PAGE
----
Jerome “Jerry” Gottesman, a property developer and philanthropist who often focused on expanding access to Jewish education, has died.
Gottesman died on Sunday at the age of 87 while on a private visit to Israel with his family. His body was set to be returned to New Jersey for a funeral and burial on Tuesday.
Gottesman, along with his brother Harold, was the co-founder of Newark, New Jersey-based Edison Properties, and served as chairman of the company until his death. Edison controls more than 3 million square feet of property, including parking garages and storage units in Manhattan and Brooklyn and several million more square feet in Newark, according to the news website NJBiz.
As philanthropists, he and his wife Paula became known for key gifts to innovative programs in Jewish education. The Paula and Jerry Gottesman Family Supporting Foundation in 2013 gave a $5 million grant to help the Jewish Federation of Greater MetroWest NJ create the largest endowed community-based Jewish camp program in North America, according to the Foundation for Jewish Camp, another of his beneficiaries. In 2014 the Gottesman foundation gave a $15 million challenge grant as part of a capital and endowment campaign to the Hebrew Academy of Morris County, which changed its name to the Gottesman RTW Academy. His funeral was to be held there Tuesday.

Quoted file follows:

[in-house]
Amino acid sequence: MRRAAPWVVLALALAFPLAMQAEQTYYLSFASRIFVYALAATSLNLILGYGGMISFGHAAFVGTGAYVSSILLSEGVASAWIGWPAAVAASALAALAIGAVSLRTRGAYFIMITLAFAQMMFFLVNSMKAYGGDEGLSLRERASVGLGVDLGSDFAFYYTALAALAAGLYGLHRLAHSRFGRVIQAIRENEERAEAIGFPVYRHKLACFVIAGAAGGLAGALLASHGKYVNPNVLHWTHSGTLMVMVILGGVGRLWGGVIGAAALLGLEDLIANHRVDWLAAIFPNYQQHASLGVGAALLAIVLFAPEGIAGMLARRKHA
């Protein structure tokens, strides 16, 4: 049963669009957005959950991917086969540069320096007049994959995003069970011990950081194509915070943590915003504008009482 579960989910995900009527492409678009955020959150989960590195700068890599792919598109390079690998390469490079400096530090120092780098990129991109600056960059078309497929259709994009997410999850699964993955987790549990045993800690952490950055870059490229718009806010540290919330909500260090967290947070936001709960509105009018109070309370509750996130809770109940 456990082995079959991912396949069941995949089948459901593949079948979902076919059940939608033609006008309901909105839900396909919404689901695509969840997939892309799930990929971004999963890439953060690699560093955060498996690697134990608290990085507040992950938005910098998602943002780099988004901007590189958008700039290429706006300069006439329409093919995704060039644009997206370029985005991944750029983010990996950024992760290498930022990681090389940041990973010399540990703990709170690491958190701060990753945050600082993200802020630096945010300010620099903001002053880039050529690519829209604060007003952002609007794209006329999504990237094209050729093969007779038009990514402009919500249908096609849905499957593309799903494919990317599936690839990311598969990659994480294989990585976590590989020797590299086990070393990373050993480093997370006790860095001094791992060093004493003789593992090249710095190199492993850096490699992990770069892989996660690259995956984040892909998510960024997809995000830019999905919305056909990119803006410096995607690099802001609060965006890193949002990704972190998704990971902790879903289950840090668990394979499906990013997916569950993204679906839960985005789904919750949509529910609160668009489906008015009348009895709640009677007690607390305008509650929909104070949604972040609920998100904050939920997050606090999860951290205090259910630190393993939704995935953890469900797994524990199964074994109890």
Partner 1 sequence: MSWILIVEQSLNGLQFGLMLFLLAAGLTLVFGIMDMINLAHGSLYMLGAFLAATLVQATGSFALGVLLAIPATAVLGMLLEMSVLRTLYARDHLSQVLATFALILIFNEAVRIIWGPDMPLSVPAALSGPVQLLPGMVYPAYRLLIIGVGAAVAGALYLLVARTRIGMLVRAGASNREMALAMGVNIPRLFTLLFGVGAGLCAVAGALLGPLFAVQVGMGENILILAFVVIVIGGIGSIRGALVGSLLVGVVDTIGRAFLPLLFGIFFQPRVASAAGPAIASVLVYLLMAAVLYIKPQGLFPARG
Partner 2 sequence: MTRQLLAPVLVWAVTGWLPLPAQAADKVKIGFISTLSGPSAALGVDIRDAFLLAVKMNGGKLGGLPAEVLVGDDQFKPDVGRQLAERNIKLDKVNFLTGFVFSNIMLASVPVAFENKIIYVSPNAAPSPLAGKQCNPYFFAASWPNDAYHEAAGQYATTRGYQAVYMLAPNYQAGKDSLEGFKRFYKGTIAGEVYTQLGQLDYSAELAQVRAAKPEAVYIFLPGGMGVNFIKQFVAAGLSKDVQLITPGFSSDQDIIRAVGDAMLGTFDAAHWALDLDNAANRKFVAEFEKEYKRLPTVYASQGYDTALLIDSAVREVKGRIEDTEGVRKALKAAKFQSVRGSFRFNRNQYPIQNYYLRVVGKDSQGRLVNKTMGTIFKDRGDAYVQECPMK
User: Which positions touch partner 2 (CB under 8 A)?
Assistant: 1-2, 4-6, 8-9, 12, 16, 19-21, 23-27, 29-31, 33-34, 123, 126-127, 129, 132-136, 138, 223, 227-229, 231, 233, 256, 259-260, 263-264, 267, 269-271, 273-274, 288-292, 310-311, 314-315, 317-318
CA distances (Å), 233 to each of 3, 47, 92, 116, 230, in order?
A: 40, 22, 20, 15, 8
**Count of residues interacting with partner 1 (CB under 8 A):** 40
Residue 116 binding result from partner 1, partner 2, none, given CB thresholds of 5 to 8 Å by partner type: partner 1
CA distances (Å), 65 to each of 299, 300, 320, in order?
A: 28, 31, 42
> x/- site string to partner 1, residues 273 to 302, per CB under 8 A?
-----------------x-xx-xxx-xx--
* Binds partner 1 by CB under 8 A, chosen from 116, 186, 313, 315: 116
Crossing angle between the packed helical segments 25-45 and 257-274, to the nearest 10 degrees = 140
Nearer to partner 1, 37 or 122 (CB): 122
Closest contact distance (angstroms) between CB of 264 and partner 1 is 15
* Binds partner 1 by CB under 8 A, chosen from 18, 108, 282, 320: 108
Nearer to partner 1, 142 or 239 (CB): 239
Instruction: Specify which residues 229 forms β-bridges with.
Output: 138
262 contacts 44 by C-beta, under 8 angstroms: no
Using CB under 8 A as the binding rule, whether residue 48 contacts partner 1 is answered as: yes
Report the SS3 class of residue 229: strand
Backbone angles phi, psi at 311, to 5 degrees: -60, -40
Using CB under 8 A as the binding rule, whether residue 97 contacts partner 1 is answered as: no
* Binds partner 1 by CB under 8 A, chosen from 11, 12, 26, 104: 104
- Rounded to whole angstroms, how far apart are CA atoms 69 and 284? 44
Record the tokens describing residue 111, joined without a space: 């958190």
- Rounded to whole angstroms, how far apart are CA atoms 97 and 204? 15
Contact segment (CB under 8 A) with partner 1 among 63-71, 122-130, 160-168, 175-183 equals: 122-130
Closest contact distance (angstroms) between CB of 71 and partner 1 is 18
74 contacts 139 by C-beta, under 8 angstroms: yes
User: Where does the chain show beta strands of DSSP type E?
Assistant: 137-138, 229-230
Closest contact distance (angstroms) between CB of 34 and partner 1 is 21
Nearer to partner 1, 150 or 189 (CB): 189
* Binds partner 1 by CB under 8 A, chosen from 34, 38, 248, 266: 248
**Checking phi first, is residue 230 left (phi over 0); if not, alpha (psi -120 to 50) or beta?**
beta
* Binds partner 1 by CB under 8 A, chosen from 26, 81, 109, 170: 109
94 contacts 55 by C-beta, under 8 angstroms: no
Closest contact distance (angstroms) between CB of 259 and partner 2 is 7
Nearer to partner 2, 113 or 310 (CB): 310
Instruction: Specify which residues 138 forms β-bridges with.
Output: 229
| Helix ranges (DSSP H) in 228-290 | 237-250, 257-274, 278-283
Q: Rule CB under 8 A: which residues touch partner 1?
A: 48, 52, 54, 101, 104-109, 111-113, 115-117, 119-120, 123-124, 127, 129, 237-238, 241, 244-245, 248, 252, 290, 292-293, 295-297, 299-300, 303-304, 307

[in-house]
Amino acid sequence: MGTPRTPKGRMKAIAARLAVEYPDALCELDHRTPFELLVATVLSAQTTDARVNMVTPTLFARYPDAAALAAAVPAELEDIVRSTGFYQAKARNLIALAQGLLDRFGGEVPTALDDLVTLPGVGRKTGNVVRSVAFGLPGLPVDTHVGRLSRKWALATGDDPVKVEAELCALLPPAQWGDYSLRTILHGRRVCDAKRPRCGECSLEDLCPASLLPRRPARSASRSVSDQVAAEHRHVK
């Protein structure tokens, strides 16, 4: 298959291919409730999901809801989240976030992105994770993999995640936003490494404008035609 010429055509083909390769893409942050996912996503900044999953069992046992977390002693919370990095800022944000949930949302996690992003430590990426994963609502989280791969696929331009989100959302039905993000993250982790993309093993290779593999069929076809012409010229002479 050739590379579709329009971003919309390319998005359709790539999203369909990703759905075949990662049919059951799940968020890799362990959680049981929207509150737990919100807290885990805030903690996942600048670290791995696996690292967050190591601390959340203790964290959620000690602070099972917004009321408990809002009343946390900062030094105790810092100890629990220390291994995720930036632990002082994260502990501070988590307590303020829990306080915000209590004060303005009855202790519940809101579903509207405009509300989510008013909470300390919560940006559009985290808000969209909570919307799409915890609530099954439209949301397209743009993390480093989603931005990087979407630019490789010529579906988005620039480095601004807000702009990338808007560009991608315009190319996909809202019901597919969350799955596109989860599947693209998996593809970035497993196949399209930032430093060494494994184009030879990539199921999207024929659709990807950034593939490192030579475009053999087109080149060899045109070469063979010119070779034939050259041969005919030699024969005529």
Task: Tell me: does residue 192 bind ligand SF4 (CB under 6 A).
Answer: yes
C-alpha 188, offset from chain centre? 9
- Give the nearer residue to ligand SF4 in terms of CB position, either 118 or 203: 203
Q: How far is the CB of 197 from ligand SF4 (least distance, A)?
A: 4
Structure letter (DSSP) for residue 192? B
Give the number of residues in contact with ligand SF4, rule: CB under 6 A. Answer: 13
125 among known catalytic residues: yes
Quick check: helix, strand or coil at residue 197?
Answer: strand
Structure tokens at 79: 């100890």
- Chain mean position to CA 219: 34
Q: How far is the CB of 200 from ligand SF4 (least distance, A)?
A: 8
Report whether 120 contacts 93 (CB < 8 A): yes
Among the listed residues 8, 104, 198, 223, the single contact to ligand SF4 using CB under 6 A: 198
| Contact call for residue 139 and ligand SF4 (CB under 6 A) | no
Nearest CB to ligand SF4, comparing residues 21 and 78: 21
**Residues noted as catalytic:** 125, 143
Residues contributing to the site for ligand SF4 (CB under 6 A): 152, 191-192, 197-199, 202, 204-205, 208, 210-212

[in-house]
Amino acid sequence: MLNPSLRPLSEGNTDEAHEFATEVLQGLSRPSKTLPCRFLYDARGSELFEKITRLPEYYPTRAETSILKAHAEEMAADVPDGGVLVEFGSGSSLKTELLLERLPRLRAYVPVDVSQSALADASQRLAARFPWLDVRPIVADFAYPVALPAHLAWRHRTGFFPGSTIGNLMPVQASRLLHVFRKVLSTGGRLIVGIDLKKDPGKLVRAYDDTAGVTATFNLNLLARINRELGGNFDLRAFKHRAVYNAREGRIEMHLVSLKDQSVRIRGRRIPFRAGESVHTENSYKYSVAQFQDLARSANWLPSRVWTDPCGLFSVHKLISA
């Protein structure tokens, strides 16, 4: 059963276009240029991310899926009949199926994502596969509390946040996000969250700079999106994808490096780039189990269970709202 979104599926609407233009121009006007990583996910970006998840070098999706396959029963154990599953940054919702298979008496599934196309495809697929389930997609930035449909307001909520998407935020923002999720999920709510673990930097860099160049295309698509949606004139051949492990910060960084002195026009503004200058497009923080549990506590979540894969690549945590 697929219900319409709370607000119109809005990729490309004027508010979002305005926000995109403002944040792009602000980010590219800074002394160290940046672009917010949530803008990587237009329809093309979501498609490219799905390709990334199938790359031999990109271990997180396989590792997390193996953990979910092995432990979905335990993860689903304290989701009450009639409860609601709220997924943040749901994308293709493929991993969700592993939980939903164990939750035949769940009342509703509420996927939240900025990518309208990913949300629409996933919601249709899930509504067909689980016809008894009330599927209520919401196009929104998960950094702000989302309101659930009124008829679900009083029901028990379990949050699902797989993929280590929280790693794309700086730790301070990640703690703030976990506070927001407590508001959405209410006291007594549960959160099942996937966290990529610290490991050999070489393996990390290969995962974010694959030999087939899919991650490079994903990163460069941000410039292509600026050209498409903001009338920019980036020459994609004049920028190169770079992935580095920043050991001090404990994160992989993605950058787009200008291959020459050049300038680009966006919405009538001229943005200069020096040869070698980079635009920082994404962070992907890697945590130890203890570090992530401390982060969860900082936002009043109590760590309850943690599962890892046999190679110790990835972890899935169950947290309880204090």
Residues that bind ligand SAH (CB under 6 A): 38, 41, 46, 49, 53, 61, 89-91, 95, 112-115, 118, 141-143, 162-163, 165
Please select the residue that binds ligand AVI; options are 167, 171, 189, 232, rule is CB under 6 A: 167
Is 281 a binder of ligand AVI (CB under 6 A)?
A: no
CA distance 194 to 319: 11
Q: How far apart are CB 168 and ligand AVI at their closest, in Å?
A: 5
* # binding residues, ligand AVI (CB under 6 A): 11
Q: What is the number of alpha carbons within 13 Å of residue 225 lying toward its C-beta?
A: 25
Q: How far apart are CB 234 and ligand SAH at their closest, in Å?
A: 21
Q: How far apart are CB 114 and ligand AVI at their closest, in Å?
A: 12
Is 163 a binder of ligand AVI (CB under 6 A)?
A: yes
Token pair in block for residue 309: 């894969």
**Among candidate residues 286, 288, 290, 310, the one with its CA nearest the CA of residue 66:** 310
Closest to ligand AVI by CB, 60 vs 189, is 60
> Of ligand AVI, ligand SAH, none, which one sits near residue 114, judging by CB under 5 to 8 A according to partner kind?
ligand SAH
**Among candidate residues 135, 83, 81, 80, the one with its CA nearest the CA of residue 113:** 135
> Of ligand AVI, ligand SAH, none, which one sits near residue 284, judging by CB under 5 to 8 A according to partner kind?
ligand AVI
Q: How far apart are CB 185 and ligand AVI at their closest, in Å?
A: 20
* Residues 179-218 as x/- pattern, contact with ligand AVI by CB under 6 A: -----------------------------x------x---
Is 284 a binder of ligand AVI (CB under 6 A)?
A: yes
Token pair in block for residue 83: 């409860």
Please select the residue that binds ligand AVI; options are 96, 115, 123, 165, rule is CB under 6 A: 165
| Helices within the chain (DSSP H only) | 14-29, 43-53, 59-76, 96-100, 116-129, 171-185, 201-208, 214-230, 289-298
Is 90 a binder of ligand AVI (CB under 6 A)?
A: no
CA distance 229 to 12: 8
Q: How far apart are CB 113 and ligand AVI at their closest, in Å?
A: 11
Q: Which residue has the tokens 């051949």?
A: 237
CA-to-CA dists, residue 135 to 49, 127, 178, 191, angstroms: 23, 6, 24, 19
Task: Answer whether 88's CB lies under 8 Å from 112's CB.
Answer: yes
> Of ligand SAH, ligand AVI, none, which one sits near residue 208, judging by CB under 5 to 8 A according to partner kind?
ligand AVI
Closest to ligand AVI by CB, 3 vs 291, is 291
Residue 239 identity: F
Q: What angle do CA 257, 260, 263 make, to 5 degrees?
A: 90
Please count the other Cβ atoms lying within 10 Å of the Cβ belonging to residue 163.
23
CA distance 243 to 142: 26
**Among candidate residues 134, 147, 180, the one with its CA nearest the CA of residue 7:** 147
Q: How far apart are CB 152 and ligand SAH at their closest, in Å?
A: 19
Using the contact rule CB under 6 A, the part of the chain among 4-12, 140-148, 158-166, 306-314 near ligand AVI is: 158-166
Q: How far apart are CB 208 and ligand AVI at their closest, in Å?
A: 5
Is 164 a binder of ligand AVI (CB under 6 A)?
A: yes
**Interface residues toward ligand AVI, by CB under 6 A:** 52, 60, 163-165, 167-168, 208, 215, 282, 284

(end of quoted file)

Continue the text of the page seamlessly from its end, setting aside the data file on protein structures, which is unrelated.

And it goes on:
In 2015 the Gottesman foundation gave a $10 million grant to attract new students and to keep tuition flat for 10 years at four New Jersey Jewish day schools: the Golda Och Academy, the Gottesman RTW Academy, the Jewish Educational Center and the Joseph Kushner Hebrew Academy/Rae Kushner Yeshiva High School. The overall program became a national model for making Jewish days schools more affordable.
“We have lost a dear friend, and a giant in our community,” said Scott Krieger, president of the Jewish Federation of Greater MetroWest NJ in a statement. “Thinking through the lens of real estate, Jerry understood that building Jewish community meant deep investment today, but always with an eye to the future.”
The Gottesmans have als ogiven over $500,000 to PJ Library, which provides free books and educational materials to young Jewish families.
At the time of his death, Gottesman’s net worth exceeded $550 million, an Edison spokesperson told NJBiz, who added that he “left a substantial part of his estate to charities.”
He is survived by his wife of 55 years, Paula, four daughters, 17 grandchildren and 2 great-grandchildren.